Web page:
By paradox
Registration Days Posts
#625725
Bush may have been right, in spirit, when he stated that he was probably the last Republican president. Trump got the GOP nod, but he's more like an American version of Le Pen, than a legit Republican. Not the leftist caricature of her but the populist version. Either way, I really don't see them winning another presidential election, unless both parties split, and we end up with 4.

My guess is that the GOP will likely move more toward a Bill Clinton-like approach: fiscal conservatism, but socially liberal. But even with that, they probably won't be able to overcome the dominance and authority of the Left.
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By Just John
Registration Days Posts
#625740
paradox wrote: May 4th, 2021, 11:46 am Bush may have been right, in spirit, when he stated that he was probably the last Republican president. Trump got the GOP nod, but he's more like an American version of Le Pen, than a legit Republican. Not the leftist caricature of her but the populist version. Either way, I really don't see them winning another presidential election, unless both parties split, and we end up with 4.

My guess is that the GOP will likely move more toward a Bill Clinton-like approach: fiscal conservatism, but socially liberal. But even with that, they probably won't be able to overcome the dominance and authority of the Left.
Interesting. The GOP is definitely screwed long-term as they have completely gone full nativist. While they have picked up some Hispanic support in the last election I don't think it will continue on the pace they need to win elections in 20 years. I don't know how they have managed to lose the Asian vote. And you cannot convince me they will make much headway with the Black vote.

I I might disagree with you on the ideological makeup of the future of the GOP...if they can find one. (McConnel and L. Graham tell us it's just about what gets votes). With their loyalty to Trump they certainly are no longer for small government or even give lip service to spending unless they are out of the White House. It seems they will continue to play the populist game and pit the rural "working man" and the "country losing it's identity and heritage" vs. against immigration and "wokeism".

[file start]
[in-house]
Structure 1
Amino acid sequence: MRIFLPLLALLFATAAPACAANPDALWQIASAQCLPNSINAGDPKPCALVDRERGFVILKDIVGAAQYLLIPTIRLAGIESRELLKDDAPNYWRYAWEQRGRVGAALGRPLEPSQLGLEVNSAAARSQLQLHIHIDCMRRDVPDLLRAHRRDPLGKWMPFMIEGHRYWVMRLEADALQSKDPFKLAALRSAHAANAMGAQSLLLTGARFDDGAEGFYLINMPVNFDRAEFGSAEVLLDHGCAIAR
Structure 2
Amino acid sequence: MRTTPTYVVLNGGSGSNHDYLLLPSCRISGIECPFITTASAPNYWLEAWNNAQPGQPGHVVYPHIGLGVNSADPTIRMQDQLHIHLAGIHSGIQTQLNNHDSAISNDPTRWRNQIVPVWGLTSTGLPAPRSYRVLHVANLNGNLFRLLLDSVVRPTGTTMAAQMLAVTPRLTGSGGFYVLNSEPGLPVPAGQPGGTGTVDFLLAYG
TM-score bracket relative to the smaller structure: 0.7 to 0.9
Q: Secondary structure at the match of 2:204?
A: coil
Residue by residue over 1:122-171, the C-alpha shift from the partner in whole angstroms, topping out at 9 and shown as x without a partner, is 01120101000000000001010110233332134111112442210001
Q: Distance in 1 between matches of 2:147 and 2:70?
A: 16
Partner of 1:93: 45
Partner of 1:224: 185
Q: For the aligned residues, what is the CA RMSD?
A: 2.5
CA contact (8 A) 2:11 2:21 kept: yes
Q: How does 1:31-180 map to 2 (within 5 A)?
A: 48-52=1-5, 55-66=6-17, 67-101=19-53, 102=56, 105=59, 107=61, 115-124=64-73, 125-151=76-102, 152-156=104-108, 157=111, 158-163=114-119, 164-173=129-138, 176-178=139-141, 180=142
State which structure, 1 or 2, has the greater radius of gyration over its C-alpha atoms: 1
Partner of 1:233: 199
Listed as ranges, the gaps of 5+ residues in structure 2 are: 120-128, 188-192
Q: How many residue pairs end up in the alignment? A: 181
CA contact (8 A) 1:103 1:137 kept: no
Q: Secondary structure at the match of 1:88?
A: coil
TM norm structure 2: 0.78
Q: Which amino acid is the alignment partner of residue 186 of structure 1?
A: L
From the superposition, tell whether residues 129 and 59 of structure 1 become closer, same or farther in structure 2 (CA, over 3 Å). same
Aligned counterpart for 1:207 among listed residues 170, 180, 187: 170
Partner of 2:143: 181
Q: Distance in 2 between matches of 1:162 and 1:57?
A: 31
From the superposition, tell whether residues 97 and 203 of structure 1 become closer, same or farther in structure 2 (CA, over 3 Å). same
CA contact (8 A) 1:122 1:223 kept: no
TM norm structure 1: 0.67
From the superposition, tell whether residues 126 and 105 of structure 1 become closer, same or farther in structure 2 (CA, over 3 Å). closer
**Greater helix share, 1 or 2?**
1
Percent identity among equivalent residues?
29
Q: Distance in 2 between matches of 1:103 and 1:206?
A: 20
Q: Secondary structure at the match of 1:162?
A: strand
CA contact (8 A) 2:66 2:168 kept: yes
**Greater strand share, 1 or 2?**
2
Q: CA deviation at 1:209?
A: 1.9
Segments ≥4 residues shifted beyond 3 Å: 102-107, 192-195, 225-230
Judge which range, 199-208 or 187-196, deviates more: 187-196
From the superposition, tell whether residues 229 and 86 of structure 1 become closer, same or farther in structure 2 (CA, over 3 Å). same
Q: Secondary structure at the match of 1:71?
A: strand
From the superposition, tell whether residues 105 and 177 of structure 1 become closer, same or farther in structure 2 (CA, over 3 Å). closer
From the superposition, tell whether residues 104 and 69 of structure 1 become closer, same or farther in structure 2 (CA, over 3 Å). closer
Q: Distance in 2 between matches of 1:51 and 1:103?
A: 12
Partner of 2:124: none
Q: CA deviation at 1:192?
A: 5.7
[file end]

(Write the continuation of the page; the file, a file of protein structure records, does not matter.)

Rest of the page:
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By paradox
Registration Days Posts
#625747
Orwell, who was far from conservative, once said, "So much of left-wing thought is a kind of playing with fire by people who don't even know that fire is hot." I don't know if things will ever change course. But if things do turn around, we'll probably have to get burned first.
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By SumItUp
Registration Days Posts
#626112
Things are heating up in AZ and it's not even summer yet. Cheaters have no where to hide. The truth will be revealed. Beware of the fact checkers and debunkers that are not calling for transparency. #snopesjokes :D
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By lynchburgwildcats
Posts
#626765
paradox wrote: May 4th, 2021, 11:46 am Bush may have been right, in spirit, when he stated that he was probably the last Republican president. Trump got the GOP nod, but he's more like an American version of Le Pen, than a legit Republican. Not the leftist caricature of her but the populist version. Either way, I really don't see them winning another presidential election, unless both parties split, and we end up with 4.